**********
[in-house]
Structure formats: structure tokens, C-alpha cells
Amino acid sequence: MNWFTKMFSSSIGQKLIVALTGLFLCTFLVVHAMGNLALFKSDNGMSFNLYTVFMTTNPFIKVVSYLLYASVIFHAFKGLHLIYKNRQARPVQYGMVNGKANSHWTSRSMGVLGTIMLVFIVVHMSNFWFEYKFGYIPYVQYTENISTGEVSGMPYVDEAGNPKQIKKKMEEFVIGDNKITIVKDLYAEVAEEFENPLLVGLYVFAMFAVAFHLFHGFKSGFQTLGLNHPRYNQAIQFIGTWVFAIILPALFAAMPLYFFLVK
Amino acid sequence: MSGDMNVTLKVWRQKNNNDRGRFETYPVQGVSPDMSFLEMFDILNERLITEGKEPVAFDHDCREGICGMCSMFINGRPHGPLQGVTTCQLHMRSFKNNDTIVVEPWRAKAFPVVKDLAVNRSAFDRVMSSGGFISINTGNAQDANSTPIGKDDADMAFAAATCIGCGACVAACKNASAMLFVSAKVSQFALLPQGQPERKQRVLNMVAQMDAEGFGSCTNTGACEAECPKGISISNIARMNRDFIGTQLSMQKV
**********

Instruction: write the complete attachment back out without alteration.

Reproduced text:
[in-house]
Structure formats: structure tokens, C-alpha cells
Amino acid sequence: MNWFTKMFSSSIGQKLIVALTGLFLCTFLVVHAMGNLALFKSDNGMSFNLYTVFMTTNPFIKVVSYLLYASVIFHAFKGLHLIYKNRQARPVQYGMVNGKANSHWTSRSMGVLGTIMLVFIVVHMSNFWFEYKFGYIPYVQYTENISTGEVSGMPYVDEAGNPKQIKKKMEEFVIGDNKITIVKDLYAEVAEEFENPLLVGLYVFAMFAVAFHLFHGFKSGFQTLGLNHPRYNQAIQFIGTWVFAIILPALFAAMPLYFFLVK
Amino acid sequence: MSGDMNVTLKVWRQKNNNDRGRFETYPVQGVSPDMSFLEMFDILNERLITEGKEPVAFDHDCREGICGMCSMFINGRPHGPLQGVTTCQLHMRSFKNNDTIVVEPWRAKAFPVVKDLAVNRSAFDRVMSSGGFISINTGNAQDANSTPIGKDDADMAFAAATCIGCGACVAACKNASAMLFVSAKVSQFALLPQGQPERKQRVLNMVAQMDAEGFGSCTNTGACEAECPKGISISNIARMNRDFIGTQLSMQKV